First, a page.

The controversy has reached the Supreme Court, but in a case involving an age-old profession: sales. Monday, the justices will hear oral arguments in a class-action lawsuit against drugmaker GlaxoSmithKline. Pharmaceutical sales representatives — traditionally classified as exempt from overtime pay — say they've been misclassified, a stance backed by the Labor Department in another case. Glaxo says the sales force clearly is exempt under current law.

Legacy of another time

Employers say the explosion of lawsuits shows how the 1938 Fair Labor Standards Act (FLSA) — at the center of the Glaxo case — has become outmoded in an age when most employees want the flexibility to work at home or answer office e-mail while running about on their free time.

"The law has not kept pace with the contemporary workplace," says Randy MacDonald, IBM's head of human resources.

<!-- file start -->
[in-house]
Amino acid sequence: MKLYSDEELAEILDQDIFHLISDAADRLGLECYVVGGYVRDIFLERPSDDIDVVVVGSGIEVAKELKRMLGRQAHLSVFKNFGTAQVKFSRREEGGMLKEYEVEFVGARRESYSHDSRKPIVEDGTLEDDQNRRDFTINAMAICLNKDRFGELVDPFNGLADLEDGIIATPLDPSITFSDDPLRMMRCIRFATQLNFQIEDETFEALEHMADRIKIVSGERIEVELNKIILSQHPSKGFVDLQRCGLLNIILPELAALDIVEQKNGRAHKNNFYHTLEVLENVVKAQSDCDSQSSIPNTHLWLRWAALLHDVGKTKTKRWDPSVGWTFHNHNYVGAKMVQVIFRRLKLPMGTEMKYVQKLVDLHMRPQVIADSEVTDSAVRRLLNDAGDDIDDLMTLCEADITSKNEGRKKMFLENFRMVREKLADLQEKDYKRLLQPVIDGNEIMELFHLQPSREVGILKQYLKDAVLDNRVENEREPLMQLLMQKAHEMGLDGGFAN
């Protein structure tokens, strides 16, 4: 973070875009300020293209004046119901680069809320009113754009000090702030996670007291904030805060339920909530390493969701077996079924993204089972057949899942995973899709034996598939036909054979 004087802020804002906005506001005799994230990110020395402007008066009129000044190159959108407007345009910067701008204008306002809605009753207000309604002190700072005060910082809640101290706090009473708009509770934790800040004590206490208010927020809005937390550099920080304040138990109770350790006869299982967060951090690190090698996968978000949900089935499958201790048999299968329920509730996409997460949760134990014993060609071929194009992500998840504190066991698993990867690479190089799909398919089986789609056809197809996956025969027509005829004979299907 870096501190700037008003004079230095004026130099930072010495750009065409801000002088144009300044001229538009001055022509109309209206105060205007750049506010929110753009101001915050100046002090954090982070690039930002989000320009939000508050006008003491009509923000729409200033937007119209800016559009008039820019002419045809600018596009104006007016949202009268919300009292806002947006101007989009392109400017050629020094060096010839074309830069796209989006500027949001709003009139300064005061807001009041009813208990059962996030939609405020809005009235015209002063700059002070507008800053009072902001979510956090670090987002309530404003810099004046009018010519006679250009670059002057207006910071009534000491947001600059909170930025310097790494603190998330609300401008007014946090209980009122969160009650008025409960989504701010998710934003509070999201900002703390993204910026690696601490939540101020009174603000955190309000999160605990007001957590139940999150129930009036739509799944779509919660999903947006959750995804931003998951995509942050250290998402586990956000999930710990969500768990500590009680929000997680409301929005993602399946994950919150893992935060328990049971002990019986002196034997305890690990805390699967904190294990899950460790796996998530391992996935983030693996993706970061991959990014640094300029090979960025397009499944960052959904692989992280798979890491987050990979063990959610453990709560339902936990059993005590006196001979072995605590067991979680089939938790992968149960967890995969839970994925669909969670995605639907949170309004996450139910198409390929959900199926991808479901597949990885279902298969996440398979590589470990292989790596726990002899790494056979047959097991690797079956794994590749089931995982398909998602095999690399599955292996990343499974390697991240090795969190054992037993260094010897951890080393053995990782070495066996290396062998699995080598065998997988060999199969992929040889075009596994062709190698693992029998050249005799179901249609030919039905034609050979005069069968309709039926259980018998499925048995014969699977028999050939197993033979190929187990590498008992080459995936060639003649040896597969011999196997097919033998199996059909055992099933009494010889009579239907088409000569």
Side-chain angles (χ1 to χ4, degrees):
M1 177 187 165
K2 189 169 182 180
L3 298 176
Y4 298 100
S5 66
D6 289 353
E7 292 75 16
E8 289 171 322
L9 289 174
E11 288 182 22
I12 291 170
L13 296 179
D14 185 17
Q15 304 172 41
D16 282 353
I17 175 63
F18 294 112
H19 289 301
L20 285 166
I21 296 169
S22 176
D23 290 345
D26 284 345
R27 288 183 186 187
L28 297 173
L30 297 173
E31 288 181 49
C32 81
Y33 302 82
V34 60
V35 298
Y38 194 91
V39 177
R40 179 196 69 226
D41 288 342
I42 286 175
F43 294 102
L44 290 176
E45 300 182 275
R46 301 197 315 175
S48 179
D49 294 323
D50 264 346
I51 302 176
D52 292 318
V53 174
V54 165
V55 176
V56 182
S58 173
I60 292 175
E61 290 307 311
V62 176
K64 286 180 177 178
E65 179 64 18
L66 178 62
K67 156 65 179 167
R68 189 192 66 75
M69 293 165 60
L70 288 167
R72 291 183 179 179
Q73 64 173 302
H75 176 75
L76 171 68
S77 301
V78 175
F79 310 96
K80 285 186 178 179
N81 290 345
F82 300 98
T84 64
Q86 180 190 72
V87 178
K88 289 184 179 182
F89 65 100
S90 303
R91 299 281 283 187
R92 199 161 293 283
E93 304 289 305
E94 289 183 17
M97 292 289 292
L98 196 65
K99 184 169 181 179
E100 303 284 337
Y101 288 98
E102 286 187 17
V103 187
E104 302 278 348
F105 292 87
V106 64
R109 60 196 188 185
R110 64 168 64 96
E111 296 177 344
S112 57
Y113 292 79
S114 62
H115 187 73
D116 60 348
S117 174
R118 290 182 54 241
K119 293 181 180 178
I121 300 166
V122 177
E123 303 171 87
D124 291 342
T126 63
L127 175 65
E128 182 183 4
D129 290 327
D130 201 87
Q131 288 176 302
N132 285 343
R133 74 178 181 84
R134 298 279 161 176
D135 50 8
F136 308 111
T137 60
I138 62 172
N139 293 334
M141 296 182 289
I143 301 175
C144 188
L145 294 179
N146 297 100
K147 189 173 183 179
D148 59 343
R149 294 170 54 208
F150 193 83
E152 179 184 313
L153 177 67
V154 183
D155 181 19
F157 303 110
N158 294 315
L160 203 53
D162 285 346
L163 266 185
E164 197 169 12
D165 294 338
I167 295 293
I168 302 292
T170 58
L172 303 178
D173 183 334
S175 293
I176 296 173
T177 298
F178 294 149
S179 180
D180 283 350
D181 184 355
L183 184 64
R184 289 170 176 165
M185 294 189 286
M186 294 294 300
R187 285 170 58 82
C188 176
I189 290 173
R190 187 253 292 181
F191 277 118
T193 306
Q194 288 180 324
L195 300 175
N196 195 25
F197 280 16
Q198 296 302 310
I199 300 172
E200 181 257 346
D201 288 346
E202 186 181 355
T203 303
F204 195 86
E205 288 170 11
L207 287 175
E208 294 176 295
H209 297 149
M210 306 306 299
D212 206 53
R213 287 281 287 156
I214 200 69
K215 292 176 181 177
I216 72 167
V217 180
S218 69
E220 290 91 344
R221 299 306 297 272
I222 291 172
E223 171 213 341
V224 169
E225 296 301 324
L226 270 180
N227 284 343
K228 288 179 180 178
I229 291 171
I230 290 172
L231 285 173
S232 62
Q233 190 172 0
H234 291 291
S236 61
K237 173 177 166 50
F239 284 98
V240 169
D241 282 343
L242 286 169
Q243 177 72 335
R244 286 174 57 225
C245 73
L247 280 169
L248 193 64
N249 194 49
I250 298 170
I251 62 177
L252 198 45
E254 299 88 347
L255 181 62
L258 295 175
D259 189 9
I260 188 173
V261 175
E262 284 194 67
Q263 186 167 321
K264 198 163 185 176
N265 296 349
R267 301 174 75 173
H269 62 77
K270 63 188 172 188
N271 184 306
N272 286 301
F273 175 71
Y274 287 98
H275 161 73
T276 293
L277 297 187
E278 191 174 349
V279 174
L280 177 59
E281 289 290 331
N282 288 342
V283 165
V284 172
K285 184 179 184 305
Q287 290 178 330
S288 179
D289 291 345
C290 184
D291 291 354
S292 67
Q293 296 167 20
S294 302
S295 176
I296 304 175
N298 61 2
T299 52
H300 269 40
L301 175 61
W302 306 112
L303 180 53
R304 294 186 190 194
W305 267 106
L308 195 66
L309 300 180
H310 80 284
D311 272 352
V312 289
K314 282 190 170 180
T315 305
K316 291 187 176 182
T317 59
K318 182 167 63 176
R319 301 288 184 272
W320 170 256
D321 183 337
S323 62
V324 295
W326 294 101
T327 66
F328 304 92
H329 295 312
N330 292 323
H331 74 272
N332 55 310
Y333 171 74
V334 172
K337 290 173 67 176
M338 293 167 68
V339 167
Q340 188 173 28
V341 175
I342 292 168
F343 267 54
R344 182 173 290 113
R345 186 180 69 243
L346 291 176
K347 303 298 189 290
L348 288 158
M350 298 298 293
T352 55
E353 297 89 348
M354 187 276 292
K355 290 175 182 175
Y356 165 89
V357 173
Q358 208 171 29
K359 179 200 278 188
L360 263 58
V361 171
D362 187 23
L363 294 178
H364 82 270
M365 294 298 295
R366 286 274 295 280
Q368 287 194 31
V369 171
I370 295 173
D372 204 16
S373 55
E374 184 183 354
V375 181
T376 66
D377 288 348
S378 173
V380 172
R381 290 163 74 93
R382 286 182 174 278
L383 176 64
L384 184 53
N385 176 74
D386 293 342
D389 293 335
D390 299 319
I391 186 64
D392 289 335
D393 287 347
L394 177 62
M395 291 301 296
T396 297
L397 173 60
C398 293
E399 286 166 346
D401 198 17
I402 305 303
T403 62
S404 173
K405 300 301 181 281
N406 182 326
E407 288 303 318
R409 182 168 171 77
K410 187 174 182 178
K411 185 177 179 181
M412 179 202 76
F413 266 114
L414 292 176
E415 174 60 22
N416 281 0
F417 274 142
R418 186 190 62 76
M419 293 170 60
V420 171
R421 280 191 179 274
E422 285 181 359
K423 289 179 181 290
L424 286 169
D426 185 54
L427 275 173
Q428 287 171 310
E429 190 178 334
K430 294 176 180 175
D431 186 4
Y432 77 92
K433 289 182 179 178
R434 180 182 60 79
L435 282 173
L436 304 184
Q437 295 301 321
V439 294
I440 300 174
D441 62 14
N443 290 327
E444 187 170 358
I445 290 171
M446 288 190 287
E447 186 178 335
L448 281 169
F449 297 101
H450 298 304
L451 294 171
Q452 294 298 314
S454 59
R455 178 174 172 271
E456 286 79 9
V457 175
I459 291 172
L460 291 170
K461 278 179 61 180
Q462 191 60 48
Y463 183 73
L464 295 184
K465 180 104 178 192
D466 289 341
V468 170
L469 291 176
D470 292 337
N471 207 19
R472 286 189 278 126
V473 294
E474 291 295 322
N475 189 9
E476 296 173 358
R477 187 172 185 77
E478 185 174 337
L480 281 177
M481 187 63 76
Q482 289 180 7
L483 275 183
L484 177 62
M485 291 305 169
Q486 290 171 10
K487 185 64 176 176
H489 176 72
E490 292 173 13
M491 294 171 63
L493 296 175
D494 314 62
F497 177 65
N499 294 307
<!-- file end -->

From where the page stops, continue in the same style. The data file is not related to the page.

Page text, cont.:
Many companies have reclassified salaried executives as hourly employees — often to the consternation of the workers themselves, says Dan Yager, general counsel of the HR Policy Association, which represents human resource professionals. Such a strategy lets employers head off lawsuits by paying a lower basic wage that accounts for expected overtime.

Under the FLSA, employees are entitled to overtime unless they're executives who manage and hire and fire employees; administrators who make key decisions; or professionals — such as lawyers and engineers — with advanced degrees, among other criteria. Also exempt are certain information technology workers and sales representatives whose hours can't easily be tracked.

Employees must earn at least $455 a week to be exempt. While all hourly employees are entitled to overtime, salaried workers may also qualify if they don't fall under any of the exemptions.